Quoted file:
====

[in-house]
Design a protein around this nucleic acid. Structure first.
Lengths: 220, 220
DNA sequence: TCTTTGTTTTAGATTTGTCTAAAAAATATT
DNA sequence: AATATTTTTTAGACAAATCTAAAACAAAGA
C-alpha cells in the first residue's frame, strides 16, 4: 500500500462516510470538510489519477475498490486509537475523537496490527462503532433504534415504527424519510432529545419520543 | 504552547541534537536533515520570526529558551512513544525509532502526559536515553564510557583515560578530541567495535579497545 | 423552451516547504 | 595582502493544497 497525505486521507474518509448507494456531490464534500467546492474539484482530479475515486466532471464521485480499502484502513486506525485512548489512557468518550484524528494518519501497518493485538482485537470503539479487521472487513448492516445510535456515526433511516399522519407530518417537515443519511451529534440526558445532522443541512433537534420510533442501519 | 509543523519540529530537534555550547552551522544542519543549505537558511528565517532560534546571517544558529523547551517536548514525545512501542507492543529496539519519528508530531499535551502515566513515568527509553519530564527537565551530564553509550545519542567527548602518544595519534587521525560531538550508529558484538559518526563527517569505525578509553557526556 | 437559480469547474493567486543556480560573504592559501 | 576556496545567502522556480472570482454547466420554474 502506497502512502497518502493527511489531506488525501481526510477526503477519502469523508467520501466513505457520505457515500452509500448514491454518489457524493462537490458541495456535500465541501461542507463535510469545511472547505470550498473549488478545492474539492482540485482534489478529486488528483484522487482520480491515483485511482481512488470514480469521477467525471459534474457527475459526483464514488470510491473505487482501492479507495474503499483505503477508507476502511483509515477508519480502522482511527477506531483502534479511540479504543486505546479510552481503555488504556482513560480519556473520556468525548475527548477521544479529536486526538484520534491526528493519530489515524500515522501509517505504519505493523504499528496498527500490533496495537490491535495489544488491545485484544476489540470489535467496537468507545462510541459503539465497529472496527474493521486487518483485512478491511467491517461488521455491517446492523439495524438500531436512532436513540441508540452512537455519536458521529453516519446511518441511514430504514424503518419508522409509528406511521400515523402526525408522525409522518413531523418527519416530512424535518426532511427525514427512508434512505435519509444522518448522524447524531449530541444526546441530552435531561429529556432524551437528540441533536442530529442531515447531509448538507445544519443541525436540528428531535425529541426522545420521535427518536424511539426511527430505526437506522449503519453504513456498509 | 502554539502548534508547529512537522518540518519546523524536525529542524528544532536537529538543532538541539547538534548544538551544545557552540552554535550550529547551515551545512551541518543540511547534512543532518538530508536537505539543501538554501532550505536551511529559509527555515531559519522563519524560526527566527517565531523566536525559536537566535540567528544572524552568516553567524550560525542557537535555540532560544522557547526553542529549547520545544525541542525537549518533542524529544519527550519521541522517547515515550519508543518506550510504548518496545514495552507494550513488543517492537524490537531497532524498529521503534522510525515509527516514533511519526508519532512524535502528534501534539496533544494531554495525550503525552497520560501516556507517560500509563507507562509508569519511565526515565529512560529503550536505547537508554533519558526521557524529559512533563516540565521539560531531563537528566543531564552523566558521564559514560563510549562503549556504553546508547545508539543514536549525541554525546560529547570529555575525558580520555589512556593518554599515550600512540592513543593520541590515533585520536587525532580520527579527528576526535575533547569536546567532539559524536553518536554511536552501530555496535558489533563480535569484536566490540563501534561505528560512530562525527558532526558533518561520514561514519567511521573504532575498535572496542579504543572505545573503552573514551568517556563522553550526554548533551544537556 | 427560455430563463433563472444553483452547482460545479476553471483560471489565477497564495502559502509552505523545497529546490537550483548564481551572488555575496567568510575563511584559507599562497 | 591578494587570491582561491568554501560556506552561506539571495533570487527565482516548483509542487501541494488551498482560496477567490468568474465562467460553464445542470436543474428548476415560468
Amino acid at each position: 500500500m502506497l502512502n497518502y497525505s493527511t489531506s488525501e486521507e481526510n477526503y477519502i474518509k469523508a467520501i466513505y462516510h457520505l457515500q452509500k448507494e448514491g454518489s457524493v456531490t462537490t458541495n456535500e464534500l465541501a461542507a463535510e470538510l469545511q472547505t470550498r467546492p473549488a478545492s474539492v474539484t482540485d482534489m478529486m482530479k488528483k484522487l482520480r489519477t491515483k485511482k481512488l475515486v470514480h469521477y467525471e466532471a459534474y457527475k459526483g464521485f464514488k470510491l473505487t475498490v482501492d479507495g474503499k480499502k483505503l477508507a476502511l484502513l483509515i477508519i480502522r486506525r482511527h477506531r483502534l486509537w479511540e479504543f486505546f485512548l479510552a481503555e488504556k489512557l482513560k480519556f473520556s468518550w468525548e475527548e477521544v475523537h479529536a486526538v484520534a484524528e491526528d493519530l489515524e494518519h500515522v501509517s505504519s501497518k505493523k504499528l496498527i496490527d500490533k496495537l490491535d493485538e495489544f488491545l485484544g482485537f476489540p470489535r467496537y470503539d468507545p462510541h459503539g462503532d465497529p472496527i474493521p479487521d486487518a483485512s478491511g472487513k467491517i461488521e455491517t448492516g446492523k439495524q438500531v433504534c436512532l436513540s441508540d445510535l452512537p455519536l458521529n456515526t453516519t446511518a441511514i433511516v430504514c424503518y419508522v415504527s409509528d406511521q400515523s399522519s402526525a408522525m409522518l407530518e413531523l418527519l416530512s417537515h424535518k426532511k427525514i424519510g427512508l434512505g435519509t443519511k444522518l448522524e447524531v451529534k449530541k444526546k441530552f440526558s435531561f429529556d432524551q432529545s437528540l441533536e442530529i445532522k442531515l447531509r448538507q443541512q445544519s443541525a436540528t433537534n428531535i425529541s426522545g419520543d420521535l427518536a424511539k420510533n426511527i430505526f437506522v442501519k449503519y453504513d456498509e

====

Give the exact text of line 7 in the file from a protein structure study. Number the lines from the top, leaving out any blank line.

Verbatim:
Amino acid at each position: 500500500m502506497l502512502n497518502y497525505s493527511t489531506s488525501e486521507e481526510n477526503y477519502i474518509k469523508a467520501i466513505y462516510h457520505l457515500q452509500k448507494e448514491g454518489s457524493v456531490t462537490t458541495n456535500e464534500l465541501a461542507a463535510e470538510l469545511q472547505t470550498r467546492p473549488a478545492s474539492v474539484t482540485d482534489m478529486m482530479k488528483k484522487l482520480r489519477t491515483k485511482k481512488l475515486v470514480h469521477y467525471e466532471a459534474y457527475k459526483g464521485f464514488k470510491l473505487t475498490v482501492d479507495g474503499k480499502k483505503l477508507a476502511l484502513l483509515i477508519i480502522r486506525r482511527h477506531r483502534l486509537w479511540e479504543f486505546f485512548l479510552a481503555e488504556k489512557l482513560k480519556f473520556s468518550w468525548e475527548e477521544v475523537h479529536a486526538v484520534a484524528e491526528d493519530l489515524e494518519h500515522v501509517s505504519s501497518k505493523k504499528l496498527i496490527d500490533k496495537l490491535d493485538e495489544f488491545l485484544g482485537f476489540p470489535r467496537y470503539d468507545p462510541h459503539g462503532d465497529p472496527i474493521p479487521d486487518a483485512s478491511g472487513k467491517i461488521e455491517t448492516g446492523k439495524q438500531v433504534c436512532l436513540s441508540d445510535l452512537p455519536l458521529n456515526t453516519t446511518a441511514i433511516v430504514c424503518y419508522v415504527s409509528d406511521q400515523s399522519s402526525a408522525m409522518l407530518e413531523l418527519l416530512s417537515h424535518k426532511k427525514i424519510g427512508l434512505g435519509t443519511k444522518l448522524e447524531v451529534k449530541k444526546k441530552f440526558s435531561f429529556d432524551q432529545s437528540l441533536e442530529i445532522k442531515l447531509r448538507q443541512q445544519s443541525a436540528t433537534n428531535i425529541s426522545g419520543d420521535l427518536a424511539k420510533n426511527i430505526f437506522v442501519k449503519y453504513d456498509e